Editor's Note: This post was originally published on January 5, 2015 and has been updated for freshness, accuracy, and comprehensiveness. Any opinions or forecasts in this post reflect the subjective judgments and assumptions of the author as of January 2015.
The commodity complex has seen a rapid fall since the middle of 2014 due to global growth concerns, the US dollar rally and continuing overall growth in supply. I believe prices may be close to bottoming and we could see a cyclical upturn in the first half of 2015. Here’s my forecast:
I expect crude oil prices to correct in 2015, bringing the Brent Crude Index to approximately $85-95/barrel and the West Texas Intermediate (WTI) to approximately $75-85/barrel by year end
My opinion is that the current move in crude oil prices is unwarranted. I believe the market is mispricing geopolitical risk, a US supply response and an upcoming global refinery turnaround schedule (periods of refinery closure for maintenance and renewal services). The situation in Libya is still volatile and recent disruptions to oil production are yet to have any impact on prices. Refinery demand in the second half of 2014 was the weakest in five years, not only due to global growth but also due to temporary factors such as closures and maintenance related shutdowns. During the first half of 2015, we expect to see very few maintenance related shutdowns as well as several new refineries initiating operations. Finally, US domestic production will likely adjust lower if energy and petroleum companies have less cash to spend in 2015.
I expect prices to continue to trade in the $3.75 to $4.25 per mmbtu[i] range (this is the price required for electric consumption to balance the market)
Natural gas seems to have found a comfortable trading range between $3.75 and $4.25 per mmbtu as electric utilities switch between natural gas and coal. Inventories, which were down significantly after the severe winter in early 2014, have built up steadily over the course of a cooler-than-usual summer. In 2015 we are likely to see higher demand for natural gas due to higher industrial consumption, exports to Mexico and the start of LNG exports from the new Sabine Pass terminal in Texas.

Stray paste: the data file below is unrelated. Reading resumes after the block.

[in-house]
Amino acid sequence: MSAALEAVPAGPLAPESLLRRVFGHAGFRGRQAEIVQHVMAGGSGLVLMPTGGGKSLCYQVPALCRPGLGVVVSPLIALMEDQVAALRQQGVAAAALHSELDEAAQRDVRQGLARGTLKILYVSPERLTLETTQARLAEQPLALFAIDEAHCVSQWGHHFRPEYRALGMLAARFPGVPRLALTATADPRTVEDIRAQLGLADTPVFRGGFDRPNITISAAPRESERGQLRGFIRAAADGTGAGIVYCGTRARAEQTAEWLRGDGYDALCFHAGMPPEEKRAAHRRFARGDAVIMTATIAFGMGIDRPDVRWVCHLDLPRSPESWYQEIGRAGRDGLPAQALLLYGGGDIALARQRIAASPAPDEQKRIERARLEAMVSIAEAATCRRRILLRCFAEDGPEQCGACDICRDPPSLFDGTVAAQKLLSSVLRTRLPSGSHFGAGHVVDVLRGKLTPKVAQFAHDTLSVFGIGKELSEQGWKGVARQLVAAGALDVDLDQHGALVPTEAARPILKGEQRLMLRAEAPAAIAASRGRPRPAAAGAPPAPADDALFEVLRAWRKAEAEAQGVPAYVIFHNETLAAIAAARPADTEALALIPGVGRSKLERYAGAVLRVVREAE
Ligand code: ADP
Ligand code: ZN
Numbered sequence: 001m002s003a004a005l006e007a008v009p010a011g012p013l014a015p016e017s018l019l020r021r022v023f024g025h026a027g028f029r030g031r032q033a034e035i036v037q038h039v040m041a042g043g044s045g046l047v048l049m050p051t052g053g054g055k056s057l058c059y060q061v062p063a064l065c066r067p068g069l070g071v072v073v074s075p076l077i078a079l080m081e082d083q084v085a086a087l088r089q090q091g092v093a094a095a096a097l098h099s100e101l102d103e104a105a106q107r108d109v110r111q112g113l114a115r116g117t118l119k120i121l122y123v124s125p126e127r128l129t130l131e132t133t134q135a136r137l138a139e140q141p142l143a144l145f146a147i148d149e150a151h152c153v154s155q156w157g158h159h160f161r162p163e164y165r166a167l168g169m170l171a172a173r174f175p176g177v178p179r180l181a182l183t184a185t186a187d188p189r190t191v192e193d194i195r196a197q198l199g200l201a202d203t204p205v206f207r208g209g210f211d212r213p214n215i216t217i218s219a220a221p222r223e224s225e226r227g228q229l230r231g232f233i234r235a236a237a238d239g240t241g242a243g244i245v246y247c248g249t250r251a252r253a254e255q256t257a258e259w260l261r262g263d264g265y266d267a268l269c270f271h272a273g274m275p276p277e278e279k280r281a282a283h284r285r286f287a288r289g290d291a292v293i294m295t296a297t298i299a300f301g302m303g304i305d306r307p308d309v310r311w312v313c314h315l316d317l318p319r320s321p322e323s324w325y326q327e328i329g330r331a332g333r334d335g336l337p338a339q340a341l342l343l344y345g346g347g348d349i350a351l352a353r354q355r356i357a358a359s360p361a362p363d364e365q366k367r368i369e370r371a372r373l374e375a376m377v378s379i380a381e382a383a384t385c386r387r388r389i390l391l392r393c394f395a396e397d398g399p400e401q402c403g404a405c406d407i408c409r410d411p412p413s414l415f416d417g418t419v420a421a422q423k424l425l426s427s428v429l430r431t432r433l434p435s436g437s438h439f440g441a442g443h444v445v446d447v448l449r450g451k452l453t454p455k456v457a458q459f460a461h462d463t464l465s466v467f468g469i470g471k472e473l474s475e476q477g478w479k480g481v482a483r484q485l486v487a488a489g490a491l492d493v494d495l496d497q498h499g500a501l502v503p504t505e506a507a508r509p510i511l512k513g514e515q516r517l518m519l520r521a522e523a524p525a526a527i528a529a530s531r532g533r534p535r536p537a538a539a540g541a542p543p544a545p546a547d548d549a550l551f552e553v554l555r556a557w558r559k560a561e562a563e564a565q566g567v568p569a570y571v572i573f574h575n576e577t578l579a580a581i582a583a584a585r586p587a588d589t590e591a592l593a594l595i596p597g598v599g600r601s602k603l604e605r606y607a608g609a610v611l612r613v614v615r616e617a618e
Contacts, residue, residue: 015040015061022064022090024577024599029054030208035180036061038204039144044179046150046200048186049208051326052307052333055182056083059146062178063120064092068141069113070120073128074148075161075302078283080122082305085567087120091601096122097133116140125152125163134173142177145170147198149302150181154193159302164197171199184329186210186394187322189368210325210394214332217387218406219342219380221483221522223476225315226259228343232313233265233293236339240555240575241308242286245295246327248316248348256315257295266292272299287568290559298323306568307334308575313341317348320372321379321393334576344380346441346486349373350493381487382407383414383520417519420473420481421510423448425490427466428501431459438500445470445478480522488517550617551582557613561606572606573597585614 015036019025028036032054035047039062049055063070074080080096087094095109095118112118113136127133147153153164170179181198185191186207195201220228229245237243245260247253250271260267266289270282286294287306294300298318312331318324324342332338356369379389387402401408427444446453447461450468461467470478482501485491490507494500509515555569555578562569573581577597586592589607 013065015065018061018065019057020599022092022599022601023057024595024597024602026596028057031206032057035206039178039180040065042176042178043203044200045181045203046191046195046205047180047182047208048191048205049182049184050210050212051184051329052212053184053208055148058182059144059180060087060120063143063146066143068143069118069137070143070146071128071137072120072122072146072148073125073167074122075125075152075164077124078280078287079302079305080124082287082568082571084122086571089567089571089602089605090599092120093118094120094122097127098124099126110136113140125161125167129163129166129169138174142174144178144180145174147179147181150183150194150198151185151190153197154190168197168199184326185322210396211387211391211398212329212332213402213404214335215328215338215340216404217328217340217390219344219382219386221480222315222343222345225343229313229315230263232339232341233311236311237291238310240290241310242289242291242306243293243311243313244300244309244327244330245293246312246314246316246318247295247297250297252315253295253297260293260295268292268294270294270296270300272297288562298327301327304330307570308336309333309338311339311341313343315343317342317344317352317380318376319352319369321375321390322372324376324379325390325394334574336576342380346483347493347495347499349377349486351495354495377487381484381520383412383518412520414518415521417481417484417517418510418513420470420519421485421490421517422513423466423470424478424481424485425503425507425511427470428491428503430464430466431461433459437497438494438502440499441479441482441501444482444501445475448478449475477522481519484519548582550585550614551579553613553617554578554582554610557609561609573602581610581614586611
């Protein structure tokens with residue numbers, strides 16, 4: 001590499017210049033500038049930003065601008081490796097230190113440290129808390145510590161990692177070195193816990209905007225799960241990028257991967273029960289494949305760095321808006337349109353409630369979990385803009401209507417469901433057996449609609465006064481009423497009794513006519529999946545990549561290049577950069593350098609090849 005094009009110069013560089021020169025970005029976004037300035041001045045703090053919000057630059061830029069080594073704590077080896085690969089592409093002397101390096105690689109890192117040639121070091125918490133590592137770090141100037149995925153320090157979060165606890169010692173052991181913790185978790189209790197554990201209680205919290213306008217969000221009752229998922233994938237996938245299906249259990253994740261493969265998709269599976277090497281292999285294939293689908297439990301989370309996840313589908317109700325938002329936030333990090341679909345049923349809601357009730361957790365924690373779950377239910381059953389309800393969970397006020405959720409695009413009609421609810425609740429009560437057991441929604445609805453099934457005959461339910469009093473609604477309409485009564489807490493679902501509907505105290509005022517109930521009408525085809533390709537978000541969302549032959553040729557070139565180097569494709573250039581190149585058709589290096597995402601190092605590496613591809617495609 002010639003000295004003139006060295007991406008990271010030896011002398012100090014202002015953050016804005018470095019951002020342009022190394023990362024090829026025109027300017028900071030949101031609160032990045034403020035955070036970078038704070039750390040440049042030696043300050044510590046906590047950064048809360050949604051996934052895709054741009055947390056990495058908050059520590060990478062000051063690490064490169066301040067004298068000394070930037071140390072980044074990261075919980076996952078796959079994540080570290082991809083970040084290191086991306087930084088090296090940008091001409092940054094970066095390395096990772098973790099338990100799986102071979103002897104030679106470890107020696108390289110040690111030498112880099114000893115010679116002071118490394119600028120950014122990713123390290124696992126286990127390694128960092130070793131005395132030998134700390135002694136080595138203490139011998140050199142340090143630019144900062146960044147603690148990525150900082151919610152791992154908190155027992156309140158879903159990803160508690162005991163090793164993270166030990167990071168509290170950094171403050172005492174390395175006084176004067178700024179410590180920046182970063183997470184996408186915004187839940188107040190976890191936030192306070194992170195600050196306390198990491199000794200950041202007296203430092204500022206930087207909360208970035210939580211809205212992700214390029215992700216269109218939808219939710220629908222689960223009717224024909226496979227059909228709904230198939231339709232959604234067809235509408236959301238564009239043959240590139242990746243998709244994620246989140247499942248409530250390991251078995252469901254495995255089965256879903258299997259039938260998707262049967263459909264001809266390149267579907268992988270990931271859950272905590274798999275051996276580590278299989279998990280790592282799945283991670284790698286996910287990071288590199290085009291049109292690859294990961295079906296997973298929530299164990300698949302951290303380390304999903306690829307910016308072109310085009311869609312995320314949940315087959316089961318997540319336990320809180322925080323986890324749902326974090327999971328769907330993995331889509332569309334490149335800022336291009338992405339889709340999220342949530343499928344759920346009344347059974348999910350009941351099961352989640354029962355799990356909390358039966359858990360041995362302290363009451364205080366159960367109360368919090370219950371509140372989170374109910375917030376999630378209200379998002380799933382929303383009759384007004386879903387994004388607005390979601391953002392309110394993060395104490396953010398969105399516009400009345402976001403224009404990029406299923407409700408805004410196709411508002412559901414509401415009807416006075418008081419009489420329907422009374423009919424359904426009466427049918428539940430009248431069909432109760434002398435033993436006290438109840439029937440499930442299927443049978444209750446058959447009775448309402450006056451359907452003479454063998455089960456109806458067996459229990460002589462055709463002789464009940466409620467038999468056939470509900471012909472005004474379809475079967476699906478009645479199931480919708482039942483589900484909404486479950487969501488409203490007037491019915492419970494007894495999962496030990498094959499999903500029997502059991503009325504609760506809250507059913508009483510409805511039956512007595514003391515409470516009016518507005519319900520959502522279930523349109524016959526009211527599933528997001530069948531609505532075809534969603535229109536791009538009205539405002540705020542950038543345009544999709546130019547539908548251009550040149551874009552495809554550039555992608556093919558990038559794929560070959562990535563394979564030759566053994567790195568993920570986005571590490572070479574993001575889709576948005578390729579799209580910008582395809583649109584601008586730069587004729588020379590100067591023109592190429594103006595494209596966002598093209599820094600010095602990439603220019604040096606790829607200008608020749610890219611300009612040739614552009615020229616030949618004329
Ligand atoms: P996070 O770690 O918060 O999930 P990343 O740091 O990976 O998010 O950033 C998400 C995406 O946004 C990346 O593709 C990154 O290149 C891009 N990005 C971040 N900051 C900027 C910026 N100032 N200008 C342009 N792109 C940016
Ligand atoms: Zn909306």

I expect copper to stay in a slight surplus; after that I expect supply growth will slow and fall behind demand
Inventories at the exchange are low[ii] and a slight pickup in demand could result in prices moving higher. Over the next two quarters, we could see demand improve from higher grid spending in China, which year-to-date has lagged the number budgeted by China’s National Energy Administration (NEA).
Prices could correct and move up to the $80-90 per metric tonne range by the second half of 2015. Longer-term I believe iron ore prices could remain in the approximate range of $80-$90.
The fall in prices exceeds what fundamentals would dictate – I believe the decline is being driven by de-stocking/restocking cycles. Demand should improve after the APEC (Asia-Pacific Economic Cooperation) summit in November when steel makers restart mills near Beijing. Ore inventories at ports have fallen between 7-10% since their June highs[iii], indicating low but stable demand. Iron ore inventories at steel mills are also close to their 2012 lows. Chinese property values seem to be falling and there is speculation that sales/construction in the region will bottom out over the next few months. India could become a surprise importer of iron ore due to licensing constraints at domestic mines.
I expect global thermal coal prices to stay in the $70-75 per metric tonne range over the next year
Weak demand is likely to persist with a potential bright spot being medium-term Indian coal demand. I see strong supply growth from Indonesia and Australia in the near-term; in my view the impact of the thermal coal import tax should be minimal as Indonesia and Australia are exempt due to their respective free-trade agreements with China.
Expect gold prices to fall to $1,000/oz over the next two yearsResilient mine supply and lower demand from China and India should push prices lower. I expect the Indian gold export tax to continue until the end of 2015 as well as Chinese demand for jewelry to remain subdued as anti-corruption sentiment reduces the demand for luxury goods. ETF selling, in my opinion, could continue as real rates move higher, and inflation/deflation present no major concerns at this time.
This was originally published on January 5, 2015. We have updated the content as necessary and otherwise believe the information is current and relevant.
Past results are not necessarily indicative of future results.
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This blog post is provided for informational purposes only and should not be construed as investment advice. Any opinions or forecasts contained herein reflect the subjective judgments and assumptions of the authors only and do not necessarily reflect the views of Loomis, Sayles & Company, L.P. This information is subject to change at any time without notice.